Mr. Wilson came to his door, exited the house, and led me to a bench in the shade of a tree. He's taller than me, with a white mustache and a farmer's hunch. I learned that he had recently gone blind in one eye, that things were harder for him to do. He looked at my saw but didn't say much. It was obvious that he didn't care for it. He looked at the lack of set, the blunt teeth. "That's one of those off-brand saws," he muttered. He said he could maybe work on it a bit but didn't give a time or say how long it would take. I looked disappointed. Then he said, "But I might have one I could sell to you."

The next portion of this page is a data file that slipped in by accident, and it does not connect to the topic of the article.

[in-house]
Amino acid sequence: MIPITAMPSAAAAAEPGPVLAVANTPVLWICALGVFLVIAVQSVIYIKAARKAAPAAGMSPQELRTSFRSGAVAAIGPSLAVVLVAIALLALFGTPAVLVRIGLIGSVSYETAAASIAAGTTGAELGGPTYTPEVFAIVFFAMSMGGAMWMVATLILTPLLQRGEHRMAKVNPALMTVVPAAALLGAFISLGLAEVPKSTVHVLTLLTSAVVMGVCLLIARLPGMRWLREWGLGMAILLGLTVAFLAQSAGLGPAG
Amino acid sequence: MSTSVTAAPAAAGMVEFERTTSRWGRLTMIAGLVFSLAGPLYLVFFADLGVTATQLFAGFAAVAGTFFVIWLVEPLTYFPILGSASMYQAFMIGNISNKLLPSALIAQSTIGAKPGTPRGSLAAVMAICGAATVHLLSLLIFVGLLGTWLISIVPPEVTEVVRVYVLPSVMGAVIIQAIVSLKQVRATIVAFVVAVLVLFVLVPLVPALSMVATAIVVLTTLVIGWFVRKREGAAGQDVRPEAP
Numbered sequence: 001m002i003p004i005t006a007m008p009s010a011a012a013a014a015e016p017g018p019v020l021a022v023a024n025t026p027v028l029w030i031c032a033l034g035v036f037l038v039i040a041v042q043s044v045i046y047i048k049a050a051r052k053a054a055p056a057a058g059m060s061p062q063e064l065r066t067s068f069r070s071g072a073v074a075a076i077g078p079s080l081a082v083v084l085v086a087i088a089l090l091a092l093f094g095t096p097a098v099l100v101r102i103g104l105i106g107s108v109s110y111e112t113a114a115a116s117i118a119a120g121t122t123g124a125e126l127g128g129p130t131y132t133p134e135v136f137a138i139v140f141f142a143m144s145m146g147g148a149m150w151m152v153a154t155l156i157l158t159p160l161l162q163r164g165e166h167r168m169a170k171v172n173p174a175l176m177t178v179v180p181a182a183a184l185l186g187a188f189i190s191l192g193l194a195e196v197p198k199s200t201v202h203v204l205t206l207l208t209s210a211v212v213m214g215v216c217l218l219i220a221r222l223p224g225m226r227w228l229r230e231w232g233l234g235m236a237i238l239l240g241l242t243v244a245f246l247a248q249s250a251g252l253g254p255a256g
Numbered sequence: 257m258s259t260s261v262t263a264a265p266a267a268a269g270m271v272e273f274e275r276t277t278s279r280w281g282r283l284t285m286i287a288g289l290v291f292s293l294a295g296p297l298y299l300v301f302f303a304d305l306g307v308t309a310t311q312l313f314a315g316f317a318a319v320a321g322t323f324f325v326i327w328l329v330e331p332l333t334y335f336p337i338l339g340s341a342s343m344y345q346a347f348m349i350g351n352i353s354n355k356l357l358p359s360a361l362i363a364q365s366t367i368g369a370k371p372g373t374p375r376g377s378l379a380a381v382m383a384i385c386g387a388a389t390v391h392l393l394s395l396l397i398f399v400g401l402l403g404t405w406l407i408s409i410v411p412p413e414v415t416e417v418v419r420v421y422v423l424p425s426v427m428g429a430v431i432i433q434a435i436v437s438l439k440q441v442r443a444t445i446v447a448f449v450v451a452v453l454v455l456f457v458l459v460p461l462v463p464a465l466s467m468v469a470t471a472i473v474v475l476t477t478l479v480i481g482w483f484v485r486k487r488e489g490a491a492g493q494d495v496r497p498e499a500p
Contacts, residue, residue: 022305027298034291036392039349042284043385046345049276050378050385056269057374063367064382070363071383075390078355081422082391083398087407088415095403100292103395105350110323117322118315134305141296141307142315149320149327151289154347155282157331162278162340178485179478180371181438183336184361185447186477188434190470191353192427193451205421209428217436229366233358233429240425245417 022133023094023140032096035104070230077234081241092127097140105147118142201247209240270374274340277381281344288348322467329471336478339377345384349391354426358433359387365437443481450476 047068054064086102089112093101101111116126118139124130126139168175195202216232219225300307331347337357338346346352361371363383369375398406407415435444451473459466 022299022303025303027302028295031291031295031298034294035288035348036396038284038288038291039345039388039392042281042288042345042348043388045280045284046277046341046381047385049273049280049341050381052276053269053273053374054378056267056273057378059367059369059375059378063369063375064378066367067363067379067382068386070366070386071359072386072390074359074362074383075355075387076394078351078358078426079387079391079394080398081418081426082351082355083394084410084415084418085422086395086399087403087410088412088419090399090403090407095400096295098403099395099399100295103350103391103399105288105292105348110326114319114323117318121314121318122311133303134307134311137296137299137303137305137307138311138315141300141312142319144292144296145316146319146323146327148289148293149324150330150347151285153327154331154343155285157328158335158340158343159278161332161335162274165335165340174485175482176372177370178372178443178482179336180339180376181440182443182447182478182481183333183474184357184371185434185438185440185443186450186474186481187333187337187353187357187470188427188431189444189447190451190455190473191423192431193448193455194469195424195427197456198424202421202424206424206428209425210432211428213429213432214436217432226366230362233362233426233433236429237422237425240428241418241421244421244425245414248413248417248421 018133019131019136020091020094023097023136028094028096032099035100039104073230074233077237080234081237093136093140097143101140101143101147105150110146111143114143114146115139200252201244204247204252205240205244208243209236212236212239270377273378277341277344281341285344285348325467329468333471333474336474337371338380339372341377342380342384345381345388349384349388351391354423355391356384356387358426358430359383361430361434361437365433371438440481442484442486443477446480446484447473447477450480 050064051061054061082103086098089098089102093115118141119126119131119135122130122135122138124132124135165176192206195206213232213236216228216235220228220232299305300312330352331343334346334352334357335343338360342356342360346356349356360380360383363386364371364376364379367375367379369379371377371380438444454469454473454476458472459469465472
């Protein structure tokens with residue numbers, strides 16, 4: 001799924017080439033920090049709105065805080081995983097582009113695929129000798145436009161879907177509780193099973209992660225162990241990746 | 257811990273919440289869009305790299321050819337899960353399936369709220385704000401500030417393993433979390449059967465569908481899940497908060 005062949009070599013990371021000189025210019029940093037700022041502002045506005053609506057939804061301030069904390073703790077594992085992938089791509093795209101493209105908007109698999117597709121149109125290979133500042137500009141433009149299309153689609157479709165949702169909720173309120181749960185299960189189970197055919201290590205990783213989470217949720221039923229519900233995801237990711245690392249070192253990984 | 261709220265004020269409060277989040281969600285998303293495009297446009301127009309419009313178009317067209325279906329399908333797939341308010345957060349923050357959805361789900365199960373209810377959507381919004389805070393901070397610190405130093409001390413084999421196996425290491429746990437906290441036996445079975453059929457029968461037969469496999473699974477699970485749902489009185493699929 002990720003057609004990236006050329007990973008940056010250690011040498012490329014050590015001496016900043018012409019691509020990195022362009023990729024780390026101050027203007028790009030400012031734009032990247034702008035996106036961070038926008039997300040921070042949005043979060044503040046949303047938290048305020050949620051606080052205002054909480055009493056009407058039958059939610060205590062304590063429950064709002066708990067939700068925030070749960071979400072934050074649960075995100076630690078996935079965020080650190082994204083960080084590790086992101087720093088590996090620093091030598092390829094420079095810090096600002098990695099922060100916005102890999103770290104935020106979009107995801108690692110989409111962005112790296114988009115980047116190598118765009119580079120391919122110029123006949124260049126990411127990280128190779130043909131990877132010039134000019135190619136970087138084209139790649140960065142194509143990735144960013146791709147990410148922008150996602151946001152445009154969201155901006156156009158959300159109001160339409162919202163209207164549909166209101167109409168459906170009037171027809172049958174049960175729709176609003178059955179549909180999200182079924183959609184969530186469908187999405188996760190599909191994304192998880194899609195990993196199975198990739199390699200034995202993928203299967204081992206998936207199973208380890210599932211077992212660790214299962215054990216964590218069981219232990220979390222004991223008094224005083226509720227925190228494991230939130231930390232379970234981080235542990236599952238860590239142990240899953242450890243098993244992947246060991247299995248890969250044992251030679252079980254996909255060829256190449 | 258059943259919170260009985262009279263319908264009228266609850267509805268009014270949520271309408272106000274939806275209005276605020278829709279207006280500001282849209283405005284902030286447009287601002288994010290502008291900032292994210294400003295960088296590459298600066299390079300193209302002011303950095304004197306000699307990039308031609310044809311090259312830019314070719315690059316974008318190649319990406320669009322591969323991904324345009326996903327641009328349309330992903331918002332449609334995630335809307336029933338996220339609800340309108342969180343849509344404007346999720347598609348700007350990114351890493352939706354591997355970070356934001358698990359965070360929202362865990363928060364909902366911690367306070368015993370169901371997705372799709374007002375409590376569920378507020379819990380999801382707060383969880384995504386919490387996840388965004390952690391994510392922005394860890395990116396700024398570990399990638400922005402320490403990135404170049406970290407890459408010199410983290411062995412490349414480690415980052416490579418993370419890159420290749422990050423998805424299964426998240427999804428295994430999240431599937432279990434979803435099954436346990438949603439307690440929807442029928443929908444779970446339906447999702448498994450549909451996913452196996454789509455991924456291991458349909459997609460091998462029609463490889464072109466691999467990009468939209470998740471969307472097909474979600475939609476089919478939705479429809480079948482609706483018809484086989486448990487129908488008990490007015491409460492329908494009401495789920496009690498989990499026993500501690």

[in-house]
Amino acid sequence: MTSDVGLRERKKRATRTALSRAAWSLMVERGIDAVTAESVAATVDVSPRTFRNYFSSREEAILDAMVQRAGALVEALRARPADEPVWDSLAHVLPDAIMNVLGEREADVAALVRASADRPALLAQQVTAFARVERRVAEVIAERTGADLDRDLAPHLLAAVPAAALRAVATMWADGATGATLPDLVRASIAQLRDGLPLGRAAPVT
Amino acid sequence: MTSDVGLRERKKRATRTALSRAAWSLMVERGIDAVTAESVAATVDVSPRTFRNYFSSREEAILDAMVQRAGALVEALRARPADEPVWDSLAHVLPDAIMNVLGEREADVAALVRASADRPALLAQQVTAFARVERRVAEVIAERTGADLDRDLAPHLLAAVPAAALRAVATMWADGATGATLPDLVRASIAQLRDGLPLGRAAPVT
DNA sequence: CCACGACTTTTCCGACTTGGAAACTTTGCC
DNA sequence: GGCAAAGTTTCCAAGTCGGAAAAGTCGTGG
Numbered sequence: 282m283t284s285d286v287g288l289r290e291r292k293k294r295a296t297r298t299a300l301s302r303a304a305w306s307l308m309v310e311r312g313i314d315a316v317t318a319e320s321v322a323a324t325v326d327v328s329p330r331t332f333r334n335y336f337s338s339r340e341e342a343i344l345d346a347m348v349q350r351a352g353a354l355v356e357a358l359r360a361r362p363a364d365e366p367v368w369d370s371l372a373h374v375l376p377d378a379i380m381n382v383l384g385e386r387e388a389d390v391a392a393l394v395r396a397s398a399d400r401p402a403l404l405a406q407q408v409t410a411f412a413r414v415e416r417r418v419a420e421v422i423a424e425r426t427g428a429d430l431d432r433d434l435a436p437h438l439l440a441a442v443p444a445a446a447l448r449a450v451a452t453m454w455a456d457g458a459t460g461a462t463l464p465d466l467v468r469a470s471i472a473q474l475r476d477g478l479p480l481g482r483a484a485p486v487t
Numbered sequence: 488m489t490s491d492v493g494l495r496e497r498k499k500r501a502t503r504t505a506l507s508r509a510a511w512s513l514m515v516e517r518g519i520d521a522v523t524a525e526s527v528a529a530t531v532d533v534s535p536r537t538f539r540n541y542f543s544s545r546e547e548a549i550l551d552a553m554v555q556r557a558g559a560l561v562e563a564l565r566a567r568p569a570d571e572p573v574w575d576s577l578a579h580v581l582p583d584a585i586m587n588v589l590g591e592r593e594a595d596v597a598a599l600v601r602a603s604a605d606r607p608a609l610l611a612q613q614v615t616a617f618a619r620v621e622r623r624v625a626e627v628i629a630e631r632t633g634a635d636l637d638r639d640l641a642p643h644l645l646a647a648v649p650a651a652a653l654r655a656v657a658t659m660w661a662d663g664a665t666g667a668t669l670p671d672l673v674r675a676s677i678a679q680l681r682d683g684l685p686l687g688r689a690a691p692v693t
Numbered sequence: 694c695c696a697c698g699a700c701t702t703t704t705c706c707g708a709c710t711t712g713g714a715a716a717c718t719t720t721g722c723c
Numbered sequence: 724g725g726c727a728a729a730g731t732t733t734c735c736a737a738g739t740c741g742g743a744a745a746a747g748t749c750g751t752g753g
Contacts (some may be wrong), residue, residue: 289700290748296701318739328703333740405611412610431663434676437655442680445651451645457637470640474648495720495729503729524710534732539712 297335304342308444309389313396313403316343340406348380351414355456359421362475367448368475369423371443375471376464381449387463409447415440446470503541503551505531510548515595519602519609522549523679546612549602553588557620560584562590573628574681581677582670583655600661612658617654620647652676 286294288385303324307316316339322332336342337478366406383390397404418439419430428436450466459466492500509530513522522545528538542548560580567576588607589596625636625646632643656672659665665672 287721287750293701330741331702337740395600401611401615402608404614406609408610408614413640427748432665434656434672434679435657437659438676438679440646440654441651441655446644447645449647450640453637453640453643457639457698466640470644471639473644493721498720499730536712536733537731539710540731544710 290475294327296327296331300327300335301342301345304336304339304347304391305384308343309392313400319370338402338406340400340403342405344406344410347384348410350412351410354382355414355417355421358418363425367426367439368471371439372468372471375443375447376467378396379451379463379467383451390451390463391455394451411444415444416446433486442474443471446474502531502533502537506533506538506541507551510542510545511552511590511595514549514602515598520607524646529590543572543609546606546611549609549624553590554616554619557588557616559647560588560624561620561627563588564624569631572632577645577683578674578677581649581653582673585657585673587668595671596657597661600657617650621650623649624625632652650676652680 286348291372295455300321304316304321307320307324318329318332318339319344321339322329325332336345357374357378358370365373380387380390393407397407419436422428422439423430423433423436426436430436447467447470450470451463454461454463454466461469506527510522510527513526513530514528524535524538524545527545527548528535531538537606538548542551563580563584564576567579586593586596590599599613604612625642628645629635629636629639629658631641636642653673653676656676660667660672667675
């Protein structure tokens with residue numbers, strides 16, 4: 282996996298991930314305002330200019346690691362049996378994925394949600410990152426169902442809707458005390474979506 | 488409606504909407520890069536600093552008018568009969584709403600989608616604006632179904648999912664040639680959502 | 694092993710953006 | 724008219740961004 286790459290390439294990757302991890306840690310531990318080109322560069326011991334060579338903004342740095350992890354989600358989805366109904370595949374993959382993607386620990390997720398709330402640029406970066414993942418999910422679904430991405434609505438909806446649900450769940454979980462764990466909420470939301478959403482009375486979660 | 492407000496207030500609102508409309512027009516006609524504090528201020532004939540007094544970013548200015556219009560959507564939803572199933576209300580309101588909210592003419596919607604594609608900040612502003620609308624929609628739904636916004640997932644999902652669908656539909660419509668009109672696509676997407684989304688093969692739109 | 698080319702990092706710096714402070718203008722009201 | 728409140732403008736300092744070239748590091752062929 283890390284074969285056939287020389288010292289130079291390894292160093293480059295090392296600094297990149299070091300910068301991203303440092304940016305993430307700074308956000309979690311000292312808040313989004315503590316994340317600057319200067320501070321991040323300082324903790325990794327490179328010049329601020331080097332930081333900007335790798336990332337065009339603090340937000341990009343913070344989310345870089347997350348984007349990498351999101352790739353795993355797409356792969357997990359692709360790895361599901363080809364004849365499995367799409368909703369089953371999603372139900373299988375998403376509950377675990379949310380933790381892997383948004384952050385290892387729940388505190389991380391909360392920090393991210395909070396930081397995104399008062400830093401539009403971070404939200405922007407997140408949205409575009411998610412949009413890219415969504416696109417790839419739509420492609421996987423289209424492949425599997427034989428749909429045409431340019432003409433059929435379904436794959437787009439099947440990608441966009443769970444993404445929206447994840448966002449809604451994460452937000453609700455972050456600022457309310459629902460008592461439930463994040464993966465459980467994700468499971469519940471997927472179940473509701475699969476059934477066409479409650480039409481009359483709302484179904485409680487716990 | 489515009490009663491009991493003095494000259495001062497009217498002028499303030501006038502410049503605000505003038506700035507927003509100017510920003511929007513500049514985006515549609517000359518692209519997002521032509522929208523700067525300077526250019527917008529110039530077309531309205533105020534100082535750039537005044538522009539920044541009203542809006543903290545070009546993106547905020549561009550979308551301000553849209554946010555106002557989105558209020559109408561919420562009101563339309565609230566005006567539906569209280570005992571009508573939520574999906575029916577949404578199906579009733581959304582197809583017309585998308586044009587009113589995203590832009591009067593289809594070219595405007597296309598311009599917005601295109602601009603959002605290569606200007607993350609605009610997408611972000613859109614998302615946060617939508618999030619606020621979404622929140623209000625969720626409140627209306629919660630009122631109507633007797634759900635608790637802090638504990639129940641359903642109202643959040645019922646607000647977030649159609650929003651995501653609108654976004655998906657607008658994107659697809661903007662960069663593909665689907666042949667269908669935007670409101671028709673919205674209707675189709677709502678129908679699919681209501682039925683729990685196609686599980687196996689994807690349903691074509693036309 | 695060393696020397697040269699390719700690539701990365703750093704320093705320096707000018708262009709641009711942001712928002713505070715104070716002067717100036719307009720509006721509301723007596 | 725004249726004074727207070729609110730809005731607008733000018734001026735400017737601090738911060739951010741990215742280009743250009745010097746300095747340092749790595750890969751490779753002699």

Owning one of Mr. Wilson's personal saws would be very satisfying. First, maybe it would be an item of perfection, a prized tool, expertly set and sharpened. Second, it would have to cut better than mine. Third, I liked and respected him and felt honored by the offer. "Yes sir," I said, "I would be very interested in seeing your saws."